Catch up with Josh Stenman, who discovered his passion for photography between the Twin Cities, MN, and Fargo, ND. His story began with a simple photography class and evolved alongside his cherished vehicle, leading to a deep-seated love for capturing automobiles and the vibrant culture surrounding them. This hobby, nurtured through repeated excursions and car meet experiences, has grown into a significant part of his life.
In our interview, we'll delve into Josh Stenman's distinctive approach to automotive photography. We're curious to discover how he expertly blends technical prowess with creative flair in his imagery. What inspires the start of his new projects, and what challenges does he face in the niche field of automotive photography? Josh will share insights into his artistic journey and provide helpful advice for those looking to make their mark in the intricate world of automotive photography.
Be sure to check out Josh Stenman's impressive portfolio on his Instagram page.
I picked up a camera for a photography class back in 2016 and then again for another class in 2018. This was right around when I got my 2007 manual BMW X3. One random summer day I went out and decided to take some pictures of it and fell in love with just being out with the car. I went out again and again with my car ever since that day. After going to a few car meets and shooting there I realized this was something I truly enjoyed doing and knew I wanted to grow this hobby into something.
I think what makes a photo stand out is its composition as well as the lighting. Getting the soft sunset light to bounce off the side of the car for full shots and off the sharp lines for details always helps improve a photo. I think that a good 3/4 angle always helps a photo stand out. Getting that full shot of the car while also showcasing the lines and curves in the design is always so satisfying in my eyes.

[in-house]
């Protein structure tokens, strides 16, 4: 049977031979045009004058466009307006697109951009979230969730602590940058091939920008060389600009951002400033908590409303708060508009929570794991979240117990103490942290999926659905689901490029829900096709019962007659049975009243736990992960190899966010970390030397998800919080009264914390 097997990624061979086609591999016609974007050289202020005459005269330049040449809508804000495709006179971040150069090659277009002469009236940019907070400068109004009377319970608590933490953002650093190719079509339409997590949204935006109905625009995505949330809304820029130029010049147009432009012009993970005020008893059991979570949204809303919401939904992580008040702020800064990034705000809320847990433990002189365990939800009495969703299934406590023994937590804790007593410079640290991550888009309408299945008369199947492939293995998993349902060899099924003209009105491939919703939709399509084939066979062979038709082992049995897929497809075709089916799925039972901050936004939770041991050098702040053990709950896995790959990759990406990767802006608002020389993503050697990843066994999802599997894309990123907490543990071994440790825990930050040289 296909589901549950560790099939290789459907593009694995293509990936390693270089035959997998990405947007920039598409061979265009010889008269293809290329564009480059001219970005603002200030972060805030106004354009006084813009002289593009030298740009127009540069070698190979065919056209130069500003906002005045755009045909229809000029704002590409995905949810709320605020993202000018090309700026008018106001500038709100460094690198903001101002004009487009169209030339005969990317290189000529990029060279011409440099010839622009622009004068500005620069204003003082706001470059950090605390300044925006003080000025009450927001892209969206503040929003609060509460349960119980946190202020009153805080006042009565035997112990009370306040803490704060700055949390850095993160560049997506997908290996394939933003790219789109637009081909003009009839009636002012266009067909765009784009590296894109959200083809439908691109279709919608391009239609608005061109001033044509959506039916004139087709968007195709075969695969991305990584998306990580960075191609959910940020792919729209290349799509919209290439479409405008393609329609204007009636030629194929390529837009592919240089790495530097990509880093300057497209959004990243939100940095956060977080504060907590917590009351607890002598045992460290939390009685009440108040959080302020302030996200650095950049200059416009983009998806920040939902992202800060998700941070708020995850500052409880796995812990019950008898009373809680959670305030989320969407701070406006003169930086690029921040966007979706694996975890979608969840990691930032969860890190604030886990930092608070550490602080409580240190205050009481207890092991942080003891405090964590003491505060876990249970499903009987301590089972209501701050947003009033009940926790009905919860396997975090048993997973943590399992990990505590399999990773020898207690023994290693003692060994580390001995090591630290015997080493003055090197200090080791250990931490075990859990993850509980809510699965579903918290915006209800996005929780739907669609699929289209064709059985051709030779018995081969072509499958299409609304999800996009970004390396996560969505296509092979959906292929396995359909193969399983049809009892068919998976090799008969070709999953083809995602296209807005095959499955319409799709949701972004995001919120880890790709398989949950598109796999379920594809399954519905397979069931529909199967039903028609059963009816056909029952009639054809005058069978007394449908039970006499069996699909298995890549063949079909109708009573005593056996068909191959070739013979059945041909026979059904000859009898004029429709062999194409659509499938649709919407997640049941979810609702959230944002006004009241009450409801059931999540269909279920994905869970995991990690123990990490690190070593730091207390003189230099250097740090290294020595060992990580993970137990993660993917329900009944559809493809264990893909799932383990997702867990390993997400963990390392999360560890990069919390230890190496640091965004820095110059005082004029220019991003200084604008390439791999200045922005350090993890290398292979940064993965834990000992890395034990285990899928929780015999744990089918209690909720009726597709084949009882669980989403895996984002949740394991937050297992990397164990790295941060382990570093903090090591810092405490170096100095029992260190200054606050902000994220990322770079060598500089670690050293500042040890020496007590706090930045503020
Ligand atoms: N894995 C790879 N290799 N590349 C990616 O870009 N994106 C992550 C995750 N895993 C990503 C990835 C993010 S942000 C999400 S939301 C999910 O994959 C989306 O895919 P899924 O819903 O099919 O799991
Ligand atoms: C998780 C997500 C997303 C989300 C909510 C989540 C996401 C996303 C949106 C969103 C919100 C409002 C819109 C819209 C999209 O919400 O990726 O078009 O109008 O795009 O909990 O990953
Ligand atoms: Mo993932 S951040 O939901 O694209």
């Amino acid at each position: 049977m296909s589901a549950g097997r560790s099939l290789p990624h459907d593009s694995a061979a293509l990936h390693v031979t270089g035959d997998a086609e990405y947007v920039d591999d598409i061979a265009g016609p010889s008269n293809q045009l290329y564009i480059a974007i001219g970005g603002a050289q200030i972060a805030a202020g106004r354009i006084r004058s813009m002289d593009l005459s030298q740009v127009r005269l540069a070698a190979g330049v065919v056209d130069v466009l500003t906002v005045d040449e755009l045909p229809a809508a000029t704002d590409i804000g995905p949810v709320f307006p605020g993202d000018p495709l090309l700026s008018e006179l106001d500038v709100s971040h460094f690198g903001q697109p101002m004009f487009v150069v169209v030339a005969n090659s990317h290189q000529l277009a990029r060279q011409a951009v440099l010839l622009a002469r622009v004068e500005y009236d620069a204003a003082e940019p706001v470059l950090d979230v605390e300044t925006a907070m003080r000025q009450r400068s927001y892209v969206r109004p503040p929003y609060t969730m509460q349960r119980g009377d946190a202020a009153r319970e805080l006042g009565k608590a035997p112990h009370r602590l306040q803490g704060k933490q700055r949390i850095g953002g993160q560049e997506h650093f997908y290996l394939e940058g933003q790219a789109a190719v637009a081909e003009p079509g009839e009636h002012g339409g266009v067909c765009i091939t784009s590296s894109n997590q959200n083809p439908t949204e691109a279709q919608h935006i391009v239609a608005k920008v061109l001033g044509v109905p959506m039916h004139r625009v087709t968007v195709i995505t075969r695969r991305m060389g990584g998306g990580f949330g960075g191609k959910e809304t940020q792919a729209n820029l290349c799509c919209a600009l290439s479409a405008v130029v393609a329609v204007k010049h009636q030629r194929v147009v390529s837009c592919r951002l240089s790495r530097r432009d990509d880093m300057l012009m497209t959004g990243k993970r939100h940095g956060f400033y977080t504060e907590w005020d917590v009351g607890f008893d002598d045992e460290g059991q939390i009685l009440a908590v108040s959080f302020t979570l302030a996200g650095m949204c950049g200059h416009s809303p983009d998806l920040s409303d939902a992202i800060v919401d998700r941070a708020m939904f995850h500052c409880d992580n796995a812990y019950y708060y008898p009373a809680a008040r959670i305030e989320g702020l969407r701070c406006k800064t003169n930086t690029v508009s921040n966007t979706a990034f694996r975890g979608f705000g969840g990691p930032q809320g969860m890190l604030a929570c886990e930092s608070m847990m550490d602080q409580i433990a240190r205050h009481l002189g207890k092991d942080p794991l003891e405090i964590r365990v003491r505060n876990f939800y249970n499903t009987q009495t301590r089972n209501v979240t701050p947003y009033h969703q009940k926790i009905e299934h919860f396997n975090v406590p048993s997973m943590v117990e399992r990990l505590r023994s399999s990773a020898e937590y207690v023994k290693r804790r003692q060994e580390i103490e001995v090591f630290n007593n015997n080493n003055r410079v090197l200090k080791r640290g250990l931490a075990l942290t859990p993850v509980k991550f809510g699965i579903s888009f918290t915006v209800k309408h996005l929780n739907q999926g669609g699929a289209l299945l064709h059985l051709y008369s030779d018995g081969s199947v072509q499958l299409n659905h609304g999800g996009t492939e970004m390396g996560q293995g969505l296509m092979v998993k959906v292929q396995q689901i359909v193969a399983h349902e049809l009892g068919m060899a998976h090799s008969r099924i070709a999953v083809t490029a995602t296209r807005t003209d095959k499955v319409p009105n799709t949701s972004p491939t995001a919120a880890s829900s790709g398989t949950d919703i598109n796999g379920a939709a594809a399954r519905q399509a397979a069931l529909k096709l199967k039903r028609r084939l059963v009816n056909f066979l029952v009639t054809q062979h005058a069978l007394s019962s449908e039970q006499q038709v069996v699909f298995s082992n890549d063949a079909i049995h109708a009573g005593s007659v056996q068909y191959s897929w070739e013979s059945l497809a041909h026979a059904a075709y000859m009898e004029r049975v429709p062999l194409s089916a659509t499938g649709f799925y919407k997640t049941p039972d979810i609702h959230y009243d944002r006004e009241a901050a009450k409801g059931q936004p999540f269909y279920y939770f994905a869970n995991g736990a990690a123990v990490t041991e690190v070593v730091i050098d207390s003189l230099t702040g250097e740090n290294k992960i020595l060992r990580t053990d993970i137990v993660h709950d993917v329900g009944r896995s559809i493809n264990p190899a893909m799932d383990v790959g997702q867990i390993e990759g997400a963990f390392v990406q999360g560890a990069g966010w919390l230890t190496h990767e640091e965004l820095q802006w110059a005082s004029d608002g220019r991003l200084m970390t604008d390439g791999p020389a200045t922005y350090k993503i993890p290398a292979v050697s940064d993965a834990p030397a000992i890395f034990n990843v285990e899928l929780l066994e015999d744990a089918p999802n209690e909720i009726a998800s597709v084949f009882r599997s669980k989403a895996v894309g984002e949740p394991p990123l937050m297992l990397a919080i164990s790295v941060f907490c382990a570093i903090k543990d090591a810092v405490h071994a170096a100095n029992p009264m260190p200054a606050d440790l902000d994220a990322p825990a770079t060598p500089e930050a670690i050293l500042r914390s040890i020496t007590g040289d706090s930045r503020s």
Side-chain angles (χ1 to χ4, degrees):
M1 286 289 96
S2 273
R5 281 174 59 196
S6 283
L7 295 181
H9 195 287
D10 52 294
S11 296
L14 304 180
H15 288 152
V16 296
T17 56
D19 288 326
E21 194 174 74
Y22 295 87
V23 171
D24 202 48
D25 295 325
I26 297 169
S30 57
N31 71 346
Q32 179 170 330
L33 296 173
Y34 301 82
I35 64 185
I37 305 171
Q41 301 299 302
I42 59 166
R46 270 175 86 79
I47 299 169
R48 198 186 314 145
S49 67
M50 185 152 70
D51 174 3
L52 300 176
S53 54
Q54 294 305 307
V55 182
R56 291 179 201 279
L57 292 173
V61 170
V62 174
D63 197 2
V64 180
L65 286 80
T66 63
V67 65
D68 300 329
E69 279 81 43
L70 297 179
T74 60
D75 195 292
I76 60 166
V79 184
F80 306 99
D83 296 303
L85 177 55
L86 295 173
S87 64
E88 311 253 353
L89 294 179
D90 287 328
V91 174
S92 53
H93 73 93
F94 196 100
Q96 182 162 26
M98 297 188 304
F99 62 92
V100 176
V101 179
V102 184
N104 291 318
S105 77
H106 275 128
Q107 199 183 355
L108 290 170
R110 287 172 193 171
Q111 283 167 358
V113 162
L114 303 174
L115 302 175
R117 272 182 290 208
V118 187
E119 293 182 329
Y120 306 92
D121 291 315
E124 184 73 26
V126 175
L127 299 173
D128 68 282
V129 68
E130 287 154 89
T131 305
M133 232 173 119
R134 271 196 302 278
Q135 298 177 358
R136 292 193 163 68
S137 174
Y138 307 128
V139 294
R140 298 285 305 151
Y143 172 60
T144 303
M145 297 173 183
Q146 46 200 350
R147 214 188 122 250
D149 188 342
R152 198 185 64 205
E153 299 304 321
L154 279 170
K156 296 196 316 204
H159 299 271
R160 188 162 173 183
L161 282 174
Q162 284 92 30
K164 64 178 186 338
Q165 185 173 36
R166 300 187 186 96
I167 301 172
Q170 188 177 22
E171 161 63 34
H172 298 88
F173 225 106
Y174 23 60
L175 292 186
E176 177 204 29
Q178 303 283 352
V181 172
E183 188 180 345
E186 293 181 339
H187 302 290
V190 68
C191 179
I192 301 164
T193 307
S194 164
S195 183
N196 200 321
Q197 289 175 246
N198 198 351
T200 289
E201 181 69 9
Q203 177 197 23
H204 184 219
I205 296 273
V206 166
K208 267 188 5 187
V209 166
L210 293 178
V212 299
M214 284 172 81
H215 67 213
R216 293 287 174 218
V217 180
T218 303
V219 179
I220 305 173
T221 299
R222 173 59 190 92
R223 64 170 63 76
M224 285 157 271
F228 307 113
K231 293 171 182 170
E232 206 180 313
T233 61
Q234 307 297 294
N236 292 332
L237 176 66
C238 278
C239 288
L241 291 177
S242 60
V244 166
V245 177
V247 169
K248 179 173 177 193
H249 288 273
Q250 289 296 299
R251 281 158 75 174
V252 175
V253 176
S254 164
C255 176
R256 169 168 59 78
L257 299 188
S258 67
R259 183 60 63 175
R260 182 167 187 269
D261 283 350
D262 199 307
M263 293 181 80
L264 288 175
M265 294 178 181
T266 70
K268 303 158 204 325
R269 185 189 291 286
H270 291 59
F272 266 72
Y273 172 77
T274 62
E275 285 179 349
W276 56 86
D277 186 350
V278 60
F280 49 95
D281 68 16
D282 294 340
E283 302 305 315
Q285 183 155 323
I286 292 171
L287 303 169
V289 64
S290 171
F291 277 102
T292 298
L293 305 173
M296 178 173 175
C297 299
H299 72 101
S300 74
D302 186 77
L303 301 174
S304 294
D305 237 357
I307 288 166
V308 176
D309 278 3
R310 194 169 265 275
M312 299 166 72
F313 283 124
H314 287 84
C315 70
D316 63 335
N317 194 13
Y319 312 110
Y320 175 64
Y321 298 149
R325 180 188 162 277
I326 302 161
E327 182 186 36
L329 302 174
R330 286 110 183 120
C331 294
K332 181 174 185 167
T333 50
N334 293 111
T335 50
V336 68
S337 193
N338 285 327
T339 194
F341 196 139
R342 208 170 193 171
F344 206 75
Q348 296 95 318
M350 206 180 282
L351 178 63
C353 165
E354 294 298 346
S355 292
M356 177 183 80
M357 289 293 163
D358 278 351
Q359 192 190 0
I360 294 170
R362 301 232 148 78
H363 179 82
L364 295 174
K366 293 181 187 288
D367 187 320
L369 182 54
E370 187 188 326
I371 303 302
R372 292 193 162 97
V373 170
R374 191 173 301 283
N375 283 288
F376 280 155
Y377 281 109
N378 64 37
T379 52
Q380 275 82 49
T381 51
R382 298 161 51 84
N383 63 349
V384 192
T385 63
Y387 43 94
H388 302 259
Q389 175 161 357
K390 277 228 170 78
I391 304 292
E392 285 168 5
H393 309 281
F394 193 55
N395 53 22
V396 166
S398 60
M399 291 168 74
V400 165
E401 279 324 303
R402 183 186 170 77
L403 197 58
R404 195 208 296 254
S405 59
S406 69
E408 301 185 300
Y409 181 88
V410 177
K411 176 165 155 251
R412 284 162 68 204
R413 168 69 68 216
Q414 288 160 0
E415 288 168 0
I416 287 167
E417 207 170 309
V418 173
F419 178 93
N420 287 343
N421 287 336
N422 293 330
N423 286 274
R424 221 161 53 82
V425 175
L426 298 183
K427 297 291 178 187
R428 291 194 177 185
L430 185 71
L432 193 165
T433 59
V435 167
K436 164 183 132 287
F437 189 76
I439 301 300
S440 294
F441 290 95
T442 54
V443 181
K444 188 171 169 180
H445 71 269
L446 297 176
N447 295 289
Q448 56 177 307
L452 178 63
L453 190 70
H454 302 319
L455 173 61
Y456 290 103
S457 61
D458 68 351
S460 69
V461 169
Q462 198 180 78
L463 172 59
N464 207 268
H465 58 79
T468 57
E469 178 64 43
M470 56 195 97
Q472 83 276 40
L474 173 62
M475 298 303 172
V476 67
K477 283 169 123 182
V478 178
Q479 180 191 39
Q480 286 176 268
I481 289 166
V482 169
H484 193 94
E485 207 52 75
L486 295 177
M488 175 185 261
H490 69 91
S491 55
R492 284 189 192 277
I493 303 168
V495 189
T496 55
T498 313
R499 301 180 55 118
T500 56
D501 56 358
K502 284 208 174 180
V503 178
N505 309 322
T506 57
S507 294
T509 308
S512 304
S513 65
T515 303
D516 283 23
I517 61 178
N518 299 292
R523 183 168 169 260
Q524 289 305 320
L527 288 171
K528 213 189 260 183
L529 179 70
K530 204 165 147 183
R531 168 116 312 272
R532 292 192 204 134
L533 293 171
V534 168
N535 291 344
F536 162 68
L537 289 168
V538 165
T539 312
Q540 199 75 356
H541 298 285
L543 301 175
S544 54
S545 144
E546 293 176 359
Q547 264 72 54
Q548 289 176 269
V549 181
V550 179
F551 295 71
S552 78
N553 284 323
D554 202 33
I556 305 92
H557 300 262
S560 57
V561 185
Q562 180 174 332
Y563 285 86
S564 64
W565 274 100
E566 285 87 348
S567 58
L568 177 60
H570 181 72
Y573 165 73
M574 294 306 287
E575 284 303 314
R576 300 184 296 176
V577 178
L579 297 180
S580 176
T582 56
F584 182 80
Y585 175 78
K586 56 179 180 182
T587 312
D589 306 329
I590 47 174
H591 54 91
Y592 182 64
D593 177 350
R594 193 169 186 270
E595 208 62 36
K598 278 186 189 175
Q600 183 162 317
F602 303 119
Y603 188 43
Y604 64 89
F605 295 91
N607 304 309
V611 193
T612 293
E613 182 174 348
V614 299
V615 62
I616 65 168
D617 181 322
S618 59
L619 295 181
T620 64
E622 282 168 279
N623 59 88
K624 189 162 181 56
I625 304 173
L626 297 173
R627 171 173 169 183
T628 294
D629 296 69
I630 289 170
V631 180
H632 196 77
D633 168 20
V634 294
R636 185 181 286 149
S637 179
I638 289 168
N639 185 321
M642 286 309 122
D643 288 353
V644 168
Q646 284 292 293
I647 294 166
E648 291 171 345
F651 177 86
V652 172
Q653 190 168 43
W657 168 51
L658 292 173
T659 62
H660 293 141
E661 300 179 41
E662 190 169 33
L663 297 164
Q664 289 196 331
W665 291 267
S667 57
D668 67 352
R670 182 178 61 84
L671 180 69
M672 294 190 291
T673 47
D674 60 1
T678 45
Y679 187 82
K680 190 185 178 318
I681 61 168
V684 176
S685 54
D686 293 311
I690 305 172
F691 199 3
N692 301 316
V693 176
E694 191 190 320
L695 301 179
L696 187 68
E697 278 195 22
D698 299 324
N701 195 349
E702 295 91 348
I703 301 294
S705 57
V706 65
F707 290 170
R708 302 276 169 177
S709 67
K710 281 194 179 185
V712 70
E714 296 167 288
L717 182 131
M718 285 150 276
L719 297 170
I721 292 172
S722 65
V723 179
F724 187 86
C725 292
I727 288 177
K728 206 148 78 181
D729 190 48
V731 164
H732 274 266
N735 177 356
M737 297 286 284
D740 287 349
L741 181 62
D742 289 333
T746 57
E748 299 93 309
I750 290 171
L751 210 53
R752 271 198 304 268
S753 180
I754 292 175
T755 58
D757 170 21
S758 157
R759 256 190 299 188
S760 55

So many times I see people who have used a creative angle or a location I would never have thought to use. My favorite photos to see are when someone has highlighted a certain detail of a car that most people and photographers would overlook. Seeing super small details on a car be focused on is so cool to see.
I would describe my photos as “golden” as I take most of my photos during sunset. I try to bring out the oranges and warm tones while maintaining the blues in the shadows. I’ve been working with tweaking these colors and trying out new styles here and there to keep myself learning. I try to keep a natural look in my photos while still enhancing the colors that are there and adding creative touches in color to make them pop.
I would have to say my shoot with a white Lamborghini Huracan last summer. We expected a nice sunset and instead got smoke, haze, and clouds causing a really blue cast on everything. It really pushed me out of my comfort zone while editing in that I couldn’t use my usual presets and editing techniques. I had to develop new colors and styles for this set. It was so difficult to get the colors that would “fit” with my style while also making the photos look good and fit together.
I noticed that even the colors from different angles would be drastically different and I’d need to tweak so many small things in order to have a cohesive set. Eventually, I got into a stride and was able to get things working the way I wanted to. This or the white GT3 touring I shot a little while later. There were clear skies all day and then nothing but haze during sunset. I had so much trouble getting the colors to be the way I was thinking in my head. I again had to push myself out of my comfort zone to try different styles.